ASIAN LADY BEETLE
When USDA’s (United States Department of Agriculture) entomologists decided to introduce the Asian lady beetle for biological control of pecan aphids in 1965 in California, affecting vineyards and spoiling millions of litres wine in Ontario did not even enter their minds.
The multicoloured Asian lady beetle (Harmonia axyridis) 6 mm in length and 5 mm in width likes to inhabit soybean fields, and once the crop is harvested settles in nearby vineyards and in their absence in homes. Over time, it spread eastward and in the absence of vineyards entered homes, eventually arriving in the Niagara Peninsula.
Soybeans are harvested a few weeks earlier than grapes and once the crop disappears, these beetles take refuge in nearby vineyards. They like the sweet juice of grapes particularly of Vitis vinifera family fruit. According to researchers the Asian lady beetle is less interested in hybrid grapes because of their methylantrinilate flavour and interestingly enough hybrid grape wines like Baco Noir and Vidal tolerate much higher concentrations of the yellow secretion they emit when scared. Asian lady beetle’s yellow secretion that causes wines to smell like peanuts is extremely potent and an infinitesimally small quantity can ruin thousands of litres of wine.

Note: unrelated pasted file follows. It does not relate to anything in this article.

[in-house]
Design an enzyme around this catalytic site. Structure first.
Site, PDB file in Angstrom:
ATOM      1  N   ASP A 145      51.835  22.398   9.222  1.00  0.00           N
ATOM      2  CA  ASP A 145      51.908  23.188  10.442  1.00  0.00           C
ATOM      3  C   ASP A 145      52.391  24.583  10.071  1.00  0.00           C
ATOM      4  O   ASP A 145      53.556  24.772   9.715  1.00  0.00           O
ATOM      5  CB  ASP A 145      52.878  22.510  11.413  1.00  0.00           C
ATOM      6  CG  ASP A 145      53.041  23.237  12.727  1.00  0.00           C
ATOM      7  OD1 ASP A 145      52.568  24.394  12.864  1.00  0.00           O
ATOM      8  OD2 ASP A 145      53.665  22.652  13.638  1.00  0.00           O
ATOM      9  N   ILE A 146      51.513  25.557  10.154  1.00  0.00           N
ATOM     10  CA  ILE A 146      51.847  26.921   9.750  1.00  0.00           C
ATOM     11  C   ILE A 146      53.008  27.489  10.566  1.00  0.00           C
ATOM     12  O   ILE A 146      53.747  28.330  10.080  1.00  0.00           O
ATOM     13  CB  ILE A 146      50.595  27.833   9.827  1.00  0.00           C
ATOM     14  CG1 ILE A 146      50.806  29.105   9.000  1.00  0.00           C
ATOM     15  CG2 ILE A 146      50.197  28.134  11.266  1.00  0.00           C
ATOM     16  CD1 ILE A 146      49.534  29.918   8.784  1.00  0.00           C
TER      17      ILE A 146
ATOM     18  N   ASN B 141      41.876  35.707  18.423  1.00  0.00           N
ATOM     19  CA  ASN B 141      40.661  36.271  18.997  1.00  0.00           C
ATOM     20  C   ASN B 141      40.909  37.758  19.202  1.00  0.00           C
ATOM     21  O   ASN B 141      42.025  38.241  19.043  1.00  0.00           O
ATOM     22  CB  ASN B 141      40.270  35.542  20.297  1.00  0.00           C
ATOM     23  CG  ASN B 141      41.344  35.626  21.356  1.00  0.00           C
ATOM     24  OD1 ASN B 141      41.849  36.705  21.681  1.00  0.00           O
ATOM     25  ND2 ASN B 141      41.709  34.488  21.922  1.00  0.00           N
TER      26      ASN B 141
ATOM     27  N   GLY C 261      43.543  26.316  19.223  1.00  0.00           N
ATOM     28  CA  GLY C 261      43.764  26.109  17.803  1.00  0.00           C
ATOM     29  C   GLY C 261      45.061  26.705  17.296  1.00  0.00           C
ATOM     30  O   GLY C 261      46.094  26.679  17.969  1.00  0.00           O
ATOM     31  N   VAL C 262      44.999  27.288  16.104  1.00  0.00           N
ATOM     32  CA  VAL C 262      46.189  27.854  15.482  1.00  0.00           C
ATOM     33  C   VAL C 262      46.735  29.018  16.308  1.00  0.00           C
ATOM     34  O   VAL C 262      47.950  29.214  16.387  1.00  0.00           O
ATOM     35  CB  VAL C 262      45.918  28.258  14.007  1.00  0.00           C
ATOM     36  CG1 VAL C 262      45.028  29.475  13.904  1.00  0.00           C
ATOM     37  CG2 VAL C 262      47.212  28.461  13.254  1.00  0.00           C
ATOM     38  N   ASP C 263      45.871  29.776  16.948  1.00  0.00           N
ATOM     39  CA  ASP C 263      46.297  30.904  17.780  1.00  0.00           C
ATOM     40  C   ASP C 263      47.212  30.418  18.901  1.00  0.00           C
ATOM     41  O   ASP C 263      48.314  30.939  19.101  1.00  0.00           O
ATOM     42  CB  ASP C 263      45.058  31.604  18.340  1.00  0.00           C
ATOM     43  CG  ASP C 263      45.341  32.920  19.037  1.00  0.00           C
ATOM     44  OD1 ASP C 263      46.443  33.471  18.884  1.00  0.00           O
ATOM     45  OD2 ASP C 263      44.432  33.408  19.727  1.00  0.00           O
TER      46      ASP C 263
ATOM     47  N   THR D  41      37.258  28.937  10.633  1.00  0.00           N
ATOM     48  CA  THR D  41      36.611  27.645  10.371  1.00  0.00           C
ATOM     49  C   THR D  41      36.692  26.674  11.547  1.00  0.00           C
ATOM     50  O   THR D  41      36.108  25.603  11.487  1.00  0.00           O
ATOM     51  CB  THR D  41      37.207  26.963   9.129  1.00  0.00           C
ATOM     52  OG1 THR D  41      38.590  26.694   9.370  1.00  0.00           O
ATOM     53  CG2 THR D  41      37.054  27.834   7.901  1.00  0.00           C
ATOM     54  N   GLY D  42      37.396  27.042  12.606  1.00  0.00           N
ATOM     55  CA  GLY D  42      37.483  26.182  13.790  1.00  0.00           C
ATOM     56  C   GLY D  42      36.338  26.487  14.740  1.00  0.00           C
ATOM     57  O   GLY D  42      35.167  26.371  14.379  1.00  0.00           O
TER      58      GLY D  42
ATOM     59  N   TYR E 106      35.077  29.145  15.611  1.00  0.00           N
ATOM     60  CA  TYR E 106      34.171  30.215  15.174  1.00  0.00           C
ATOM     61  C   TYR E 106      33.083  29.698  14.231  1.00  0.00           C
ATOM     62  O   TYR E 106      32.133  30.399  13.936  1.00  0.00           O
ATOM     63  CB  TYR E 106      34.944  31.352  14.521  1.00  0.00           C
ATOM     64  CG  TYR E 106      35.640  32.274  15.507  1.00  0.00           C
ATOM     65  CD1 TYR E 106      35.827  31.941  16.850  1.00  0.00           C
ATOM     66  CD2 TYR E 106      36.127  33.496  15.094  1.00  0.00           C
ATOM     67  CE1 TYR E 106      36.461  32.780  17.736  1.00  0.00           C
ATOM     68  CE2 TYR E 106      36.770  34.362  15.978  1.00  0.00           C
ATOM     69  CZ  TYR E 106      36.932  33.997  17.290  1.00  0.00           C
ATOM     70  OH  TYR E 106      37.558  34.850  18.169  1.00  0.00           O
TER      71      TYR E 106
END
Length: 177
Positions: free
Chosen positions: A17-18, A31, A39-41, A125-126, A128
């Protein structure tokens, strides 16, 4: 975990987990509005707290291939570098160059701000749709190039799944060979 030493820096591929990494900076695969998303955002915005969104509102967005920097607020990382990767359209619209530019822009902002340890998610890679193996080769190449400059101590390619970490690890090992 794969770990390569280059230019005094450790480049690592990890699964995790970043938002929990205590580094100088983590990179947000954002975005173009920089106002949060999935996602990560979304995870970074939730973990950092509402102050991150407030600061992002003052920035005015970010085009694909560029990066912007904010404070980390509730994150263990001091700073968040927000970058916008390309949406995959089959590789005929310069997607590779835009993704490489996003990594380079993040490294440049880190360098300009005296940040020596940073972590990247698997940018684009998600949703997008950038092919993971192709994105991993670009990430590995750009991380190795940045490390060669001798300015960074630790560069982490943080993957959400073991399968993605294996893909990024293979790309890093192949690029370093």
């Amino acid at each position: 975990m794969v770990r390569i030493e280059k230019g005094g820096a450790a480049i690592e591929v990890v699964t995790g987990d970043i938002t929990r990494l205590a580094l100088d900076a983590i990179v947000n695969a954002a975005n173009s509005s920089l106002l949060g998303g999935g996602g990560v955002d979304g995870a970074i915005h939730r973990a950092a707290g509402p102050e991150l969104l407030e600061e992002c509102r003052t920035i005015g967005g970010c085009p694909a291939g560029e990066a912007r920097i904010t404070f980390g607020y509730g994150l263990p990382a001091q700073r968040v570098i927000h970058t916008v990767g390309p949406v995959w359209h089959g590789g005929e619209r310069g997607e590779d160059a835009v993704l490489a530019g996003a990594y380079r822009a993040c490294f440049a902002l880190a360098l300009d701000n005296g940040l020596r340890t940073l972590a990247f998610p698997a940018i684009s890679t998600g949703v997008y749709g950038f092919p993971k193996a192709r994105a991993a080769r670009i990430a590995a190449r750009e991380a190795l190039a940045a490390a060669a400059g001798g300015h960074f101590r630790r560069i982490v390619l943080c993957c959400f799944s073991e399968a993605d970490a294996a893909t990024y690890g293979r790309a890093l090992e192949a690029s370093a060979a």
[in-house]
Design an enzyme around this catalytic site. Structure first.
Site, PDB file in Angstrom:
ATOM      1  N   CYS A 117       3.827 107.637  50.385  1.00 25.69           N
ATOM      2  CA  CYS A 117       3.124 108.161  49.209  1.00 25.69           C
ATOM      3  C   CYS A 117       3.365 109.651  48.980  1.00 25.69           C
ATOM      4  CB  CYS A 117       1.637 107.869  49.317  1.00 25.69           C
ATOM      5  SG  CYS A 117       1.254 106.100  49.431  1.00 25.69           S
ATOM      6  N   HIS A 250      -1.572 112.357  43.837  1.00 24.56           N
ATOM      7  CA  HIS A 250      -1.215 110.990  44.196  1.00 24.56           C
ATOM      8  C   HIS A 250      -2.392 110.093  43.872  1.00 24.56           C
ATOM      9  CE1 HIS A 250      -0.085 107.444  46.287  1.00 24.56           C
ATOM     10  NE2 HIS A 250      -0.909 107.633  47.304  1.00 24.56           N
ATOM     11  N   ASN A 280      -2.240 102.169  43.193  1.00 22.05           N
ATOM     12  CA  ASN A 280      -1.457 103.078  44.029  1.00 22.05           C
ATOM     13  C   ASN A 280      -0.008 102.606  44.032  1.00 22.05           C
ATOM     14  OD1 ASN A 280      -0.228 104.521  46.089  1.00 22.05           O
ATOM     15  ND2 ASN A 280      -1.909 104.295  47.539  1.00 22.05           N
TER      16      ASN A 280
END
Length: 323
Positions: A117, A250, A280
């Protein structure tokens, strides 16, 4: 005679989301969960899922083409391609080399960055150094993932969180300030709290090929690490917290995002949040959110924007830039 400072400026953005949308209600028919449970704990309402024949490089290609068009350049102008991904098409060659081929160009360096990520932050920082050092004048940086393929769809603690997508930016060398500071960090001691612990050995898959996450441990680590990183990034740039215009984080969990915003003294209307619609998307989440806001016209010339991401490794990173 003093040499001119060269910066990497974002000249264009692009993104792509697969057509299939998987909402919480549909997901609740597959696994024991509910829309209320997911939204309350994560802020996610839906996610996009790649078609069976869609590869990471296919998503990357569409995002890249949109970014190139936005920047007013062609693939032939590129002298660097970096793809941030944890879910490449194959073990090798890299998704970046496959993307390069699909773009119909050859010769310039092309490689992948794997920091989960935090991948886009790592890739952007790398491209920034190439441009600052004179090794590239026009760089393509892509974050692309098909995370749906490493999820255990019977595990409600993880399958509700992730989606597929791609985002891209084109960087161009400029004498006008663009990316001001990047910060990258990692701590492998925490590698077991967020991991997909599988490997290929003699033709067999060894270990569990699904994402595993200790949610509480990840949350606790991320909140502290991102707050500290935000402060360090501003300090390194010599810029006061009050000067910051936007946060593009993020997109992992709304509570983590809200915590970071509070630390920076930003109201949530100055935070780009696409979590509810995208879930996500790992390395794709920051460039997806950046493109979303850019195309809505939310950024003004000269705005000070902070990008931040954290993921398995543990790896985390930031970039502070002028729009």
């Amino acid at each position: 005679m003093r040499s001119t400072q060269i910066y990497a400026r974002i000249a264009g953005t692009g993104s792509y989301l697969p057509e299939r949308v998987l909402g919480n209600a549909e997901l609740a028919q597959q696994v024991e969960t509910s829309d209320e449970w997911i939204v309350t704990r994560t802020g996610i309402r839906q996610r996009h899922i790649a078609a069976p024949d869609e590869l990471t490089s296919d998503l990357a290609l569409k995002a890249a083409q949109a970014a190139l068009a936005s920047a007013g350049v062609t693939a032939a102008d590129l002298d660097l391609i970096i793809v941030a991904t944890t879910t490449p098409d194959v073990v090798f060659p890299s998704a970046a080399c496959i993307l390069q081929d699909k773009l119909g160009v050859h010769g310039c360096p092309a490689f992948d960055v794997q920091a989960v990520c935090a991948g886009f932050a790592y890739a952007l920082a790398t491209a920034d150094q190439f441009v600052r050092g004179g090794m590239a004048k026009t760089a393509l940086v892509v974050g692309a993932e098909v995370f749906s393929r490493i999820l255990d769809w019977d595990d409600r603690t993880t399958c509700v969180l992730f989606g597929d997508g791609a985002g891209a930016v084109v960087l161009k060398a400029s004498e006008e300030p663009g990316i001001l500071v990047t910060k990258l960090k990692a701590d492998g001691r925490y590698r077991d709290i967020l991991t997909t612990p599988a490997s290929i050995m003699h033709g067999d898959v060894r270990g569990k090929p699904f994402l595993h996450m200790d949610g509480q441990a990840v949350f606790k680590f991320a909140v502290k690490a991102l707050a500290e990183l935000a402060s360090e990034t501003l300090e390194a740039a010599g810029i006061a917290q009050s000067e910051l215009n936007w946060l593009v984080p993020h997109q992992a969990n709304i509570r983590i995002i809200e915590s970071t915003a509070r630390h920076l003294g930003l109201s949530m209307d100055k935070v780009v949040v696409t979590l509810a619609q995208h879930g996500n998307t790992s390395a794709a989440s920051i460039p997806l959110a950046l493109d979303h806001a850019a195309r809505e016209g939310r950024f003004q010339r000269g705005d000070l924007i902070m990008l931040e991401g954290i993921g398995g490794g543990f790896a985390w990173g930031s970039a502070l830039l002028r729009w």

In 2001, several Ontario wineries had to dispose a million litres of infected wine. Some tasters can detect Asian lady beetle infected wine that contains two part per trillion, the threshold is five part per trillion. An infected wine smells strongly of peanuts which many but not all consumers find objectionable. Infected wines do not represent a health hazard. Hybrid wines can contain up to 25 parts per trillion and not smell of peanuts. Surprisingly Sauvignon Blanc can contain up to 40 parts per trillion and smells, as it should naturally. Researchers have yet to determine the reasons for Sauvignon Bancs ability to tolerate much higher levels of pyrazine without smelling offensive.
One solution to avoid Asian lady beetle infection is to hand harvest and employ sorting tables to inspect each bunch of grape before crushing – a cost many if not most wineries can ill afford.
Article contributed by Hrayr Berberoglu, a Professor Emeritus of Hospitality and Tourism Management specializing in Food and Beverage. Books by H. Berberoglu